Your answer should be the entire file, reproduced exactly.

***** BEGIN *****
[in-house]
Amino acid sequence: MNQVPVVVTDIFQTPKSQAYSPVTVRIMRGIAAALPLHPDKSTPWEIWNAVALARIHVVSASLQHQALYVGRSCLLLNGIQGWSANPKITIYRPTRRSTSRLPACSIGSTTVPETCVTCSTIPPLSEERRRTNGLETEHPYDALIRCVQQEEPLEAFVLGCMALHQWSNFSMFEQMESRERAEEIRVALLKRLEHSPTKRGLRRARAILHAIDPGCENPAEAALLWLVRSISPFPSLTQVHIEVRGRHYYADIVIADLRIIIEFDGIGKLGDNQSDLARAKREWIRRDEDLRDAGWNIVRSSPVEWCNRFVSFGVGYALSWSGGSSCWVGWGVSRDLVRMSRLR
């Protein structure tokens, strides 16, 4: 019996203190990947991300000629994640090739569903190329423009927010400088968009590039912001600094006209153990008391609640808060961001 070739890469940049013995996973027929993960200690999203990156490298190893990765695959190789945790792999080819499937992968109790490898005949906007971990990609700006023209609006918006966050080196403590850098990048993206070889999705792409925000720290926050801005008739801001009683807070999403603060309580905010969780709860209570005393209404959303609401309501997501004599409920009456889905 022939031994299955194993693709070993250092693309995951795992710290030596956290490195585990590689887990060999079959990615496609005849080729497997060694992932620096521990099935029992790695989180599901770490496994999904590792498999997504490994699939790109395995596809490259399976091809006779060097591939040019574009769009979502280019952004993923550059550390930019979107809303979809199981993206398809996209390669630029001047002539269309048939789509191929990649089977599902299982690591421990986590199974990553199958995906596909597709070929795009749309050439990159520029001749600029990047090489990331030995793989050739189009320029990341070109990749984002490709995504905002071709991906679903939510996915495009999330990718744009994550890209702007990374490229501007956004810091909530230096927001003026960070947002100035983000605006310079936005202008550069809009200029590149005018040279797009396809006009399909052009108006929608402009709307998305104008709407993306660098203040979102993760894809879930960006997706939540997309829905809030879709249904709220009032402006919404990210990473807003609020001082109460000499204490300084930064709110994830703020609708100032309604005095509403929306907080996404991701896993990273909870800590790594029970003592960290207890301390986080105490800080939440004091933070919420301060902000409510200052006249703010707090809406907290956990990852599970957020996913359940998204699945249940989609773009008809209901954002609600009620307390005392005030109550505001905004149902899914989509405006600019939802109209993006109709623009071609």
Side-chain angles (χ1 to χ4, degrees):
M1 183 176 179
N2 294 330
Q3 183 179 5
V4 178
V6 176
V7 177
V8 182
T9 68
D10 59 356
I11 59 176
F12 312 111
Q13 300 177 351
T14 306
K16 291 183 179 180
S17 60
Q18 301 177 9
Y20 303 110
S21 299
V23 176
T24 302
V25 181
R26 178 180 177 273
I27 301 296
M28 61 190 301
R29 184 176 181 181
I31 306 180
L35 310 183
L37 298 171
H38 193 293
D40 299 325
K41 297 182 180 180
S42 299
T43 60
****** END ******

[in-house]
Amino acid sequence: MNQVPVVVTDIFQTPKSQAYSPVTVRIMRGIAAALPLHPDKSTPWEIWNAVALARIHVVSASLQHQALYVGRSCLLLNGIQGWSANPKITIYRPTRRSTSRLPACSIGSTTVPETCVTCSTIPPLSEERRRTNGLETEHPYDALIRCVQQEEPLEAFVLGCMALHQWSNFSMFEQMESRERAEEIRVALLKRLEHSPTKRGLRRARAILHAIDPGCENPAEAALLWLVRSISPFPSLTQVHIEVRGRHYYADIVIADLRIIIEFDGIGKLGDNQSDLARAKREWIRRDEDLRDAGWNIVRSSPVEWCNRFVSFGVGYALSWSGGSSCWVGWGVSRDLVRMSRLR
């Protein structure tokens, strides 16, 4: 019996203190990947991300000629994640090739569903190329423009927010400088968009590039912001600094006209153990008391609640808060961001 070739890469940049013995996973027929993960200690999203990156490298190893990765695959190789945790792999080819499937992968109790490898005949906007971990990609700006023209609006918006966050080196403590850098990048993206070889999705792409925000720290926050801005008739801001009683807070999403603060309580905010969780709860209570005393209404959303609401309501997501004599409920009456889905 022939031994299955194993693709070993250092693309995951795992710290030596956290490195585990590689887990060999079959990615496609005849080729497997060694992932620096521990099935029992790695989180599901770490496994999904590792498999997504490994699939790109395995596809490259399976091809006779060097591939040019574009769009979502280019952004993923550059550390930019979107809303979809199981993206398809996209390669630029001047002539269309048939789509191929990649089977599902299982690591421990986590199974990553199958995906596909597709070929795009749309050439990159520029001749600029990047090489990331030995793989050739189009320029990341070109990749984002490709995504905002071709991906679903939510996915495009999330990718744009994550890209702007990374490229501007956004810091909530230096927001003026960070947002100035983000605006310079936005202008550069809009200029590149005018040279797009396809006009399909052009108006929608402009709307998305104008709407993306660098203040979102993760894809879930960006997706939540997309829905809030879709249904709220009032402006919404990210990473807003609020001082109460000499204490300084930064709110994830703020609708100032309604005095509403929306907080996404991701896993990273909870800590790594029970003592960290207890301390986080105490800080939440004091933070919420301060902000409510200052006249703010707090809406907290956990990852599970957020996913359940998204699945249940989609773009008809209901954002609600009620307390005392005030109550505001905004149902899914989509405006600019939802109209993006109709623009071609």
Side-chain angles (χ1 to χ4, degrees):
M1 183 176 179
N2 294 330
Q3 183 179 5
V4 178
V6 176
V7 177
V8 182
T9 68
D10 59 356
I11 59 176
F12 312 111
Q13 300 177 351
T14 306
K16 291 183 179 180
S17 60
Q18 301 177 9
Y20 303 110
S21 299
V23 176
T24 302
V25 181
R26 178 180 177 273
I27 301 296
M28 61 190 301
R29 184 176 181 181
I31 306 180
L35 310 183
L37 298 171
H38 193 293
D40 299 325
K41 297 182 180 180
S42 299
T43 60